Budget 2018 is excellent news for Canadian science. It represents a balanced and strategic approach to the operational, infrastructure and personnel needs of research and it recognizes that Canada needs both unfettered and strategic research programs.
The Government of Canada should be congratulated for listening and for understanding that research is key to other government policy objectives, including developing a more innovative and diversified economy, a more innovative and cost-effective health system, the role of women in society, and Canada’s place in the world. Budget 2018 also goes a long way towards fulfilling the recommendations of the Fundamental Science Review (the Naylor Report) commissioned by Kirsty Duncan, Canada’s Minister of Science. Importantly, Budget 2018 not only increases science funding overall, but it begins the long overdue process of making the needed structural changes in the way science is funded in Canada.
These historic increases didn’t just happen. Many people and organizations, working together and speaking with a single voice, helped to make this happen. Starting with the stellar report written by the Naylor Committee and the many representations made in response from the research community, foundations, individual Canadians, charities and industry, one lesson from Budget 2018 is the importance of speaking up, constructively, with one voice and a clear message.
Over the next five years, the government will invest $925 million in increased funding for investigator driven fundamental research through the granting councils. Although not the $1.3 billion increase the Naylor Report recommended, it goes a long way towards making up for a decade of underinvestment in fundamental research. The budget also includes more than $1.3 billion over five years for equipment and infrastructure, new funding for the NRC and government labs, as well as funding for women innovators.
Providing international levels of support for outstanding researchers to pursue their ideas is the proper role of government. Only the public sector can support uncertain, long time line fundamental research. And only the private sector can take ideas that emerge from fundamental research and turn them into new products and companies. Canada’s global success in AI is a textbook example of the complementary roles of the public and private sectors.
Infrastructure funding of $763 million over the next five years through CFI will give it a much-needed longer time horizon to plan strategically. Budget 2018 also commits that by 2023/24, CFI will receive stable funding, at a level of over $400 million annually.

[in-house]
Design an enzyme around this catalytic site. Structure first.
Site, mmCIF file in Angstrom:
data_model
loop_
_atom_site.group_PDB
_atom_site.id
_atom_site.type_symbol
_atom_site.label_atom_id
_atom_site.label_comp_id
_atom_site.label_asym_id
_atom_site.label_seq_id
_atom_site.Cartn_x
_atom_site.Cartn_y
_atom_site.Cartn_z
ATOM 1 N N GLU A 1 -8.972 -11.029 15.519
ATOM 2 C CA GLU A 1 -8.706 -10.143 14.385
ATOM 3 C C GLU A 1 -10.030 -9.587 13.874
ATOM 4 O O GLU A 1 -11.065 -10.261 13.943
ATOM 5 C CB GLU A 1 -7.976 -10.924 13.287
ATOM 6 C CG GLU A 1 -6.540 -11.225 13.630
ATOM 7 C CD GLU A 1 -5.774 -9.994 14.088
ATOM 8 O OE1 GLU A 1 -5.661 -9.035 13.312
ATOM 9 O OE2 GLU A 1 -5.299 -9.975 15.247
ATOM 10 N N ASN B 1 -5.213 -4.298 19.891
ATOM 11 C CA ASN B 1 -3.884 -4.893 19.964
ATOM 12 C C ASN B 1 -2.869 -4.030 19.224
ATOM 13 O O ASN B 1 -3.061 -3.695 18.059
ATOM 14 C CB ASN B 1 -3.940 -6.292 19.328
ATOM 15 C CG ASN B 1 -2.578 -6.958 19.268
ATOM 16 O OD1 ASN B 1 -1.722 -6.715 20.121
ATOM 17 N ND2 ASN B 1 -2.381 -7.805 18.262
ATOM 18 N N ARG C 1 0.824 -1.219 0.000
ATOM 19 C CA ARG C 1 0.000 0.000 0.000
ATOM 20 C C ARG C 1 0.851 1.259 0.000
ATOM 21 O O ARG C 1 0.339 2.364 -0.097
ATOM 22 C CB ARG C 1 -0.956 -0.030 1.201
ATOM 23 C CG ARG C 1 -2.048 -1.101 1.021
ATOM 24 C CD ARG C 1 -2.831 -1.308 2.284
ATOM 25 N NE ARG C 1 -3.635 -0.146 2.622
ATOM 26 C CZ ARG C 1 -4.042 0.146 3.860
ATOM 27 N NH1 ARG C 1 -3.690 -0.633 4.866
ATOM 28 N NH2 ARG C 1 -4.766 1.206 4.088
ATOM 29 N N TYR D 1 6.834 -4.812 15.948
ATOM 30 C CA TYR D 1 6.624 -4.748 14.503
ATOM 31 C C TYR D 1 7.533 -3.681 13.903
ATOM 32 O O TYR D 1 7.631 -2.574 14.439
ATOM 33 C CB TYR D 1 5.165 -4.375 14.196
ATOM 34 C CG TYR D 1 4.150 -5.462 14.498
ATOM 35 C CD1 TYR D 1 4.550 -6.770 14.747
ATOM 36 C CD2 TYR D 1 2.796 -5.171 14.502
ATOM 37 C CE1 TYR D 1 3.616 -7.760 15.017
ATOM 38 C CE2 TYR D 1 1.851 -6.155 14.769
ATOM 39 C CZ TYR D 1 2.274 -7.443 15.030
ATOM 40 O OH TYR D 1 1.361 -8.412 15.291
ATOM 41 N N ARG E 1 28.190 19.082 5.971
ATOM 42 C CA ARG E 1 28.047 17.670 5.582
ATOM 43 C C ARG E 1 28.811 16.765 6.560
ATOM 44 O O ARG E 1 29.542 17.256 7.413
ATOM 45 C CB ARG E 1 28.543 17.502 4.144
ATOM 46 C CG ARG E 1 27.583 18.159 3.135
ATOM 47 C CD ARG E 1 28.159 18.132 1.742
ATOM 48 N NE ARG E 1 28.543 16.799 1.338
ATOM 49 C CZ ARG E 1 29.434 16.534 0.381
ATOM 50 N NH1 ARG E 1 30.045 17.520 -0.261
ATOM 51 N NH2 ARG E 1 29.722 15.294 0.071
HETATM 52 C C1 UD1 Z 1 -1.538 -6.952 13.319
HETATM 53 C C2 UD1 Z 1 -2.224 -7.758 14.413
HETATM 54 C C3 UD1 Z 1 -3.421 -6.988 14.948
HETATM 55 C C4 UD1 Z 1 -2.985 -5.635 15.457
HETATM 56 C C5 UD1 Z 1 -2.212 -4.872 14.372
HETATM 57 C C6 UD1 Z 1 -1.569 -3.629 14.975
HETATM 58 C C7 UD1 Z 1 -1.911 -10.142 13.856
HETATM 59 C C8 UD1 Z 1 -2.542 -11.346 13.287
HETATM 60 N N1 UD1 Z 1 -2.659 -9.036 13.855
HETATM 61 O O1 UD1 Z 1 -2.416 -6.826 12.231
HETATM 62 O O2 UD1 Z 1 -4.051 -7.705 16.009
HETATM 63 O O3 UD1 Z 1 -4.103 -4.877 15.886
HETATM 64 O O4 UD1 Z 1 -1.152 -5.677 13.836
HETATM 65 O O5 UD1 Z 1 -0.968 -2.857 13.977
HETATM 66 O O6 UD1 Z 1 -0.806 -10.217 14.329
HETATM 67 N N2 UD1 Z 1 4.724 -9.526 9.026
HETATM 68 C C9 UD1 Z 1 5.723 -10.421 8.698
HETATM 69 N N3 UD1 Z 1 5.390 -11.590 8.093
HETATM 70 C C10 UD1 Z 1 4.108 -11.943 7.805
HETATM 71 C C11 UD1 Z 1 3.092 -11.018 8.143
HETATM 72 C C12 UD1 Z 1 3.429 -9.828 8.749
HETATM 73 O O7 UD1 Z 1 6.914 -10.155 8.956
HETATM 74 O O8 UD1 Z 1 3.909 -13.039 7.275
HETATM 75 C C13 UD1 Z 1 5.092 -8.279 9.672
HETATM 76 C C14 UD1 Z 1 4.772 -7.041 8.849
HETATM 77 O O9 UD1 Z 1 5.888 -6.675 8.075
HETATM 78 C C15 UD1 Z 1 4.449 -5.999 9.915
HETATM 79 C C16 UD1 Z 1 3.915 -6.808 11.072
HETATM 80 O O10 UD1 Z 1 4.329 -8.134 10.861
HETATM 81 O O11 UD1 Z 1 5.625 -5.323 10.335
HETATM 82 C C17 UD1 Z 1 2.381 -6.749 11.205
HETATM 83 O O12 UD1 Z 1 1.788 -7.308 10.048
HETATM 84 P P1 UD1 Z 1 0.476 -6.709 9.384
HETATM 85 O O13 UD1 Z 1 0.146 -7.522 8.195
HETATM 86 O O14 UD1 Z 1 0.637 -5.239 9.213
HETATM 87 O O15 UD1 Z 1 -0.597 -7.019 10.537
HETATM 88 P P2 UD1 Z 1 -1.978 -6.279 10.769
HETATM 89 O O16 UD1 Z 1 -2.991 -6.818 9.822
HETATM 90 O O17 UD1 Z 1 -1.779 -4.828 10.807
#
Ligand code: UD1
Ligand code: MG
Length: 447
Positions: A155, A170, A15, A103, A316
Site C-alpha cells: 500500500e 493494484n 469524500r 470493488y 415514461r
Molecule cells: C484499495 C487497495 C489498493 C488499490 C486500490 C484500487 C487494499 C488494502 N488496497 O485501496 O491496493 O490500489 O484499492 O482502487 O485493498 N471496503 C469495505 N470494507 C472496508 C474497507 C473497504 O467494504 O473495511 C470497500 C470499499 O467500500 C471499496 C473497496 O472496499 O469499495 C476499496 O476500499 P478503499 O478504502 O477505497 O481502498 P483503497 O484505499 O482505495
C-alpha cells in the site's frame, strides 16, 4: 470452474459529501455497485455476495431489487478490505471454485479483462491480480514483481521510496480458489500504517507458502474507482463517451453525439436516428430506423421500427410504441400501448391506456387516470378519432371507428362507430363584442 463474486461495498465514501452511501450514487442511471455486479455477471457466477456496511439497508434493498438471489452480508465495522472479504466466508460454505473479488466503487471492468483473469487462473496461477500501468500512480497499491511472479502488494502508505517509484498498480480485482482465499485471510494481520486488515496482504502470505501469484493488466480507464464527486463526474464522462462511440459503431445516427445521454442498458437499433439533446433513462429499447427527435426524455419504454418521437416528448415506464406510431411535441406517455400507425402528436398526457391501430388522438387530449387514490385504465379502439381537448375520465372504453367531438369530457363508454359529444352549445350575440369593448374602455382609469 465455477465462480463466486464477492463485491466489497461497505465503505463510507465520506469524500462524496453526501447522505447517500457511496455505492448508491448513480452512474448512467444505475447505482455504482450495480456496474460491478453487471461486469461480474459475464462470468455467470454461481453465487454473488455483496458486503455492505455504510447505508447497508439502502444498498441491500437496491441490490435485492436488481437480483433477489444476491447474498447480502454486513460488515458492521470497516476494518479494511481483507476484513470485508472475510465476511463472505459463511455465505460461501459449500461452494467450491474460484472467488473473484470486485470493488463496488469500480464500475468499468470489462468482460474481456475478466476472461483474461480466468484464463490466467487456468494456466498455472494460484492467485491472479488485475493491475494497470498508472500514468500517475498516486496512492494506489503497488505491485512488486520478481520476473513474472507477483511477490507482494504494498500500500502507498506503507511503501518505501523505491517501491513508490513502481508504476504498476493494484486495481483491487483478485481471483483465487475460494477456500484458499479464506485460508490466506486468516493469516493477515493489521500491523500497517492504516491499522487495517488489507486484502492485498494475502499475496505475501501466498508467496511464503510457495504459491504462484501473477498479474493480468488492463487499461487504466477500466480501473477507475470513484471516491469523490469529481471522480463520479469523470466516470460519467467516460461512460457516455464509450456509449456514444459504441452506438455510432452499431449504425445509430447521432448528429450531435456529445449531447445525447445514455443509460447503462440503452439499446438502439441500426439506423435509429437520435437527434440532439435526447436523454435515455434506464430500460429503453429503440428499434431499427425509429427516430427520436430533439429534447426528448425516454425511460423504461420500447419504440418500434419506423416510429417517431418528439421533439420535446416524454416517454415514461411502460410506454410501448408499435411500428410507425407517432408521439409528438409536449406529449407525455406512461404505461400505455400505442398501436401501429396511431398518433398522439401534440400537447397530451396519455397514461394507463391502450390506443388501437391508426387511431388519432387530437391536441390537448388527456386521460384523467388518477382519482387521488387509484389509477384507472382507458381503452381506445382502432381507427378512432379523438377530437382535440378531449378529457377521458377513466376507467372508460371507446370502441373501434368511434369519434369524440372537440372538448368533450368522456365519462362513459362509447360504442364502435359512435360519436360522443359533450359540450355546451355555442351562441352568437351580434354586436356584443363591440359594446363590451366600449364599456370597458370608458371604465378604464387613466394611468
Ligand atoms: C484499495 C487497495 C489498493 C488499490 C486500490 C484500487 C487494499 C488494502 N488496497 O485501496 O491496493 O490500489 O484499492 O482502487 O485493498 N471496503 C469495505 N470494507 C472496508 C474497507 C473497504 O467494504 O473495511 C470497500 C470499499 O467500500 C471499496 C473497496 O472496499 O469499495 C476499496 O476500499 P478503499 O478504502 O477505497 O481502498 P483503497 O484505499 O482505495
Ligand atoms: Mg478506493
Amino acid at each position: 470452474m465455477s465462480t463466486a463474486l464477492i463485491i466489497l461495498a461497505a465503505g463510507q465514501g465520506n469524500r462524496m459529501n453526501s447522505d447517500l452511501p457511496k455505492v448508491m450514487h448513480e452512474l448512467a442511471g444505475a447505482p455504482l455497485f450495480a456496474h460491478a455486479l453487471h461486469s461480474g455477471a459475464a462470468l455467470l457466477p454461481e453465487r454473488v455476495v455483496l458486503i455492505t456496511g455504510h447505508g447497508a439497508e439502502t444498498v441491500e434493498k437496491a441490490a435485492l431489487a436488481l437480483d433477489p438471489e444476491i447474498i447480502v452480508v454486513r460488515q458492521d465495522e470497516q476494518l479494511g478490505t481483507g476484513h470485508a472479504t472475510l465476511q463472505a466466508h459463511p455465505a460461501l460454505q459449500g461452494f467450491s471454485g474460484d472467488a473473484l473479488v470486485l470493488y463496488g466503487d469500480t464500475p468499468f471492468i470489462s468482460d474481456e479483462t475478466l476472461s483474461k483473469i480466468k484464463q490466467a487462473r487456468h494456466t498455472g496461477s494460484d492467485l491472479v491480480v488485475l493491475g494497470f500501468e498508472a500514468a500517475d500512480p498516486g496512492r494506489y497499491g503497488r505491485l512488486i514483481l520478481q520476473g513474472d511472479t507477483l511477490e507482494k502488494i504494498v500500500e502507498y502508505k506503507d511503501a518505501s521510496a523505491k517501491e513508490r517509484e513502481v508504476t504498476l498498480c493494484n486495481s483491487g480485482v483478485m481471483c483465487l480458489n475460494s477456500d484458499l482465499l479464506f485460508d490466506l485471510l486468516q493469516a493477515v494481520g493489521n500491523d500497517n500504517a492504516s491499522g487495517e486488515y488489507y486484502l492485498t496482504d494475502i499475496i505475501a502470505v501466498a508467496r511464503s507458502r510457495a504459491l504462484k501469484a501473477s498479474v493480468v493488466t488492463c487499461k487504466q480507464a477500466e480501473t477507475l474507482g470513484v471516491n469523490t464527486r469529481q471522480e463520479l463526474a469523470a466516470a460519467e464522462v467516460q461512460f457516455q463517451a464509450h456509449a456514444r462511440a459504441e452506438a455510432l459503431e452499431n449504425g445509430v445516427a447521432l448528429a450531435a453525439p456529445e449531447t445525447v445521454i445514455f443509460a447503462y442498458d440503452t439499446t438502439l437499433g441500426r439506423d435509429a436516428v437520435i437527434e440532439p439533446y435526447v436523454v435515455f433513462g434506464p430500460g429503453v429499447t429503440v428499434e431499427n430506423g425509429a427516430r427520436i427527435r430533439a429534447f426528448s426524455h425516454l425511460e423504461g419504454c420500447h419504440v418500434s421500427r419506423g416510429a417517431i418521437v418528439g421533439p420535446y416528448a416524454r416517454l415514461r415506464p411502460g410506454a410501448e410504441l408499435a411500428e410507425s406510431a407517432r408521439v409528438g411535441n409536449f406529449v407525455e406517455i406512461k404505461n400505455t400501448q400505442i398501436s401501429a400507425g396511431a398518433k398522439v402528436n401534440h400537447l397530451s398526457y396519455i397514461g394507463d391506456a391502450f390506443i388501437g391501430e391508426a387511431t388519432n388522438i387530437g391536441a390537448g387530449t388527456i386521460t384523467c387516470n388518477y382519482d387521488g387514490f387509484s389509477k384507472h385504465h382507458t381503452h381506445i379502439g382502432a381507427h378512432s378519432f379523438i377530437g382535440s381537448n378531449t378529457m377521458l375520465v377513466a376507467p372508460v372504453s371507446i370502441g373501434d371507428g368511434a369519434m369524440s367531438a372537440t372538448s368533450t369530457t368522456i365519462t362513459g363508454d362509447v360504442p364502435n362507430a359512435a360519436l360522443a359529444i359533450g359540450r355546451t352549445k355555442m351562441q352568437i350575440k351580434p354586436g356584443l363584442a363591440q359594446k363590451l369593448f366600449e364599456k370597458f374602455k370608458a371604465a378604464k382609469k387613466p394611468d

The government has also created a new Fund of $275 million over the next five years for international, interdisciplinary fast-breaking and higher-risk research. (I have referred to such a fund elsewhere as the Canada Challenge Fund). There are many important details about this fund that remain to be worked out. What will the fund support? How will it be administered? Although the Budget states that SSHRC will administer the fund, we recommend that the new Canada Research Coordinating Committee (CRCC) administer this new Fund. Such a move would give real legs and purpose to this new committee. Our country’s investments in fundamental research should support how research is carried out today. At CIFAR, we believe implicitly in the importance and value of global and interdisciplinary science. And many of the challenges facing Canada, issues such as the future of the Arctic, require interdisciplinary teams of scientists that span the social, health and physical scientists and humanities.
The budget also consolidates and simplifies what had become a confusing number of NSERC’s industry-facing programs into a single Collaborative Research and Development Grant program. Simplifying this suite of programs should make it easier to assess whether they provide value for money.
Some members of the research community have argued that Budget 2018 does not go far enough. We beg to differ. Budget 2018 is an historic reinvestment in fundamental unfettered research and in other measures not detailed here.
The government has done its part. Not it’s time for the granting councils, CFI, the research community and our universities to ensure that these funds are utilised to ensure maximum value. There are at least three areas where we recommend that the CRCC (made up of the four presidents, the two relevant deputy ministers and the Chief Science Advisor) focus their attention:
First, Canada’s investments in infrastructure, operations, and people should align with and mutually support each other, ensuring that precious dollars are used to maximum impact.
Second, as the Naylor Report pointed out, the distinct cultures of the granting councils, with success rates and average grant sizes that differ by five- to eight-fold, make it difficult for the agencies to work together effectively. These differences compromise our ability to boldly tackle exciting scientific problems and challenges facing Canada and the world.
And third, it’s critical that early career investigators be given the opportunity to launch their careers. The future of the research enterprise in this country depends critically on young scientists and the energy and plasticity that they provide.
Governments support fundamental research because they understand that it is essential for driving innovation, for improving our health care system, for ensuring a sufficient supply of individuals with scientific, engineering and critical skills, creating new jobs and for understanding the complex world in which we live. The research community now has two jobs: first, to thank the government for their largesse and understanding of the central role that research plays in a globalized knowledge economy and second, to ensure that Canada fully reaps the benefits of these historic investments.